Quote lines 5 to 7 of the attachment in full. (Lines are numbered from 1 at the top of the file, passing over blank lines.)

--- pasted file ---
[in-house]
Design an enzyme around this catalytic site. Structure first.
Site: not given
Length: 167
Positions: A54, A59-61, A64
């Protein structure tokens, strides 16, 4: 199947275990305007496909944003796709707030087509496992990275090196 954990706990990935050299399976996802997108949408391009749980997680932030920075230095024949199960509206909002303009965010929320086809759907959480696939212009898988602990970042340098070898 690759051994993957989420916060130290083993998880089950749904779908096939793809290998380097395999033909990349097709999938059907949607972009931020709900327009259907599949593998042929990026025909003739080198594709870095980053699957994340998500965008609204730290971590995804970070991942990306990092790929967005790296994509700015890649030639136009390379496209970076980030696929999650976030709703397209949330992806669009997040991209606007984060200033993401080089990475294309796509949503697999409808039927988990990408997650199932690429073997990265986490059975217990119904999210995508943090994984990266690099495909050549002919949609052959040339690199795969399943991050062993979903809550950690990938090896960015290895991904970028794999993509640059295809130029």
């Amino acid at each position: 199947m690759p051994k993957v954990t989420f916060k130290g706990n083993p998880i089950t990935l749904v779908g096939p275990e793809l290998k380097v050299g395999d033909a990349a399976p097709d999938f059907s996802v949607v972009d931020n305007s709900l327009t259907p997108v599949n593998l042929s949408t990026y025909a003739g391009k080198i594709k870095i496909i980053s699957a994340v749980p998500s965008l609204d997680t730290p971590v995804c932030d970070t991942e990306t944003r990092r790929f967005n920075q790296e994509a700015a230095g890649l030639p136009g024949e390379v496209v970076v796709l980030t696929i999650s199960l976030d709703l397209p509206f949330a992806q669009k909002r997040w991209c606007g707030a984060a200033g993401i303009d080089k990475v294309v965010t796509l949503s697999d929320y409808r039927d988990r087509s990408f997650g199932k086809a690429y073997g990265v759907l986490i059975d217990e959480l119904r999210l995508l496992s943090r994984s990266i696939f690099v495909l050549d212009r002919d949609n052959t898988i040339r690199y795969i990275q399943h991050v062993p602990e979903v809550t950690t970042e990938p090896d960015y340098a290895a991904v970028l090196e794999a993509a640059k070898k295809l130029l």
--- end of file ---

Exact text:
Positions: A54, A59-61, A64
């Protein structure tokens, strides 16, 4: 199947275990305007496909944003796709707030087509496992990275090196 954990706990990935050299399976996802997108949408391009749980997680932030920075230095024949199960509206909002303009965010929320086809759907959480696939212009898988602990970042340098070898 690759051994993957989420916060130290083993998880089950749904779908096939793809290998380097395999033909990349097709999938059907949607972009931020709900327009259907599949593998042929990026025909003739080198594709870095980053699957994340998500965008609204730290971590995804970070991942990306990092790929967005790296994509700015890649030639136009390379496209970076980030696929999650976030709703397209949330992806669009997040991209606007984060200033993401080089990475294309796509949503697999409808039927988990990408997650199932690429073997990265986490059975217990119904999210995508943090994984990266690099495909050549002919949609052959040339690199795969399943991050062993979903809550950690990938090896960015290895991904970028794999993509640059295809130029």
């Amino acid at each position: 199947m690759p051994k993957v954990t989420f916060k130290g706990n083993p998880i089950t990935l749904v779908g096939p275990e793809l290998k380097v050299g395999d033909a990349a399976p097709d999938f059907s996802v949607v972009d931020n305007s709900l327009t259907p997108v599949n593998l042929s949408t990026y025909a003739g391009k080198i594709k870095i496909i980053s699957a994340v749980p998500s965008l609204d997680t730290p971590v995804c932030d970070t991942e990306t944003r990092r790929f967005n920075q790296e994509a700015a230095g890649l030639p136009g024949e390379v496209v970076v796709l980030t696929i999650s199960l976030d709703l397209p509206f949330a992806q669009k909002r997040w991209c606007g707030a984060a200033g993401i303009d080089k990475v294309v965010t796509l949503s697999d929320y409808r039927d988990r087509s990408f997650g199932k086809a690429y073997g990265v759907l986490i059975d217990e959480l119904r999210l995508l496992s943090r994984s990266i696939f690099v495909l050549d212009r002919d949609n052959t898988i040339r690199y795969i990275q399943h991050v062993p602990e979903v809550t950690t970042e990938p090896d960015y340098a290895a991904v970028l090196e794999a993509a640059k070898k295809l130029l």